May 29, 2018
Our guest today is June Cohen, a pioneer in the web industry for her work at HotWired (the web division of Wired magazine), author of “The Unusually Useful Web Book,” and the force behind bringing the informational and often inspirational “TED Talks” online and out to the world. She confounded WaitWhat?, a content incubator to develop original media properties over time, and the podcast “Masters of Scale,” which explores the theories behind how companies grow and scale their business.
June Cohen has always been “hopelessly interested in everything.”
Travel, graphic design, theater, writing, web technology, journalism—June wants it all. In college, she changed her major several times before landing on political science, meanwhile completing full minors in human biology, African American studies, and anthropology. She has a seemingly natural ability to succeed at everything, and while it makes me jealous, it also raises the question: without the constraint of only being good at a few things, how does she get anything done?
“The wisest thing I found to do is to make a decision and lean into it. And to see how you feel...And if it feels like...something that feeds you and is working and speaking to you, lean into it. And if it isn’t, change course.”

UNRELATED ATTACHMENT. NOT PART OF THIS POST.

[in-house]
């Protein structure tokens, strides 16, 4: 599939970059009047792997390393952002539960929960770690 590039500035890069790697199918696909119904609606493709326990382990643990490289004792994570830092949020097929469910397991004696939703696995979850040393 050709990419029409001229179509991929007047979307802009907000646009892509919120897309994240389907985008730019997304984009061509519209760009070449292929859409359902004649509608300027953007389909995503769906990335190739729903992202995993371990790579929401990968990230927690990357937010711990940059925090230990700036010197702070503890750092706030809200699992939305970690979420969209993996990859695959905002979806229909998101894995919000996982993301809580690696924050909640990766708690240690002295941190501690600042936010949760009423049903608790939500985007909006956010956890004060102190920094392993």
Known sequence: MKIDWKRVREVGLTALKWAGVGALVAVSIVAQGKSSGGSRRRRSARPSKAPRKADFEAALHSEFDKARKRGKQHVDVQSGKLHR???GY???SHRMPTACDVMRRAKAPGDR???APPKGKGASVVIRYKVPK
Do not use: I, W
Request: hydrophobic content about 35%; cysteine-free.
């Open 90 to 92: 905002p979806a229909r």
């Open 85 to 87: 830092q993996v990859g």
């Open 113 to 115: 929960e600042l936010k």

This emphasis on making a decision applies not only to her career and personal pursuits, but to her role as a leader. During her time as one of the earliest employees of TED Talks, she believed that if the company was brave enough to take the talks from a private, remote conference and broadcast them to the world, they would be able to find a niche audience that would embrace the messages being presented.
“I think it is fair to say that I did not talk to a single person that genuinely thought it was good idea...that the idea of putting taped lectures online was just not something that could ever succeed. But for me, I really believed in it. I believed in the talks, I believed...in how I felt when I was sitting in a room listening to these talks...and I believed that the feeling could be transferred to video.”
We know how this story plays out. June stuck with her decision, despite all the naysayers, and TED Talks have since become wildly successful, with some of the most popular videos garnering billions of views. After ten years at TED, June felt that her work was done. Decision time: what did she want to do with her life?
Join us as we discuss how June made that pivotal decision, the importance of gender balance in teams, and fighting for what you believe. Show notes and links at http://whitneyjohnson.com/june-cohen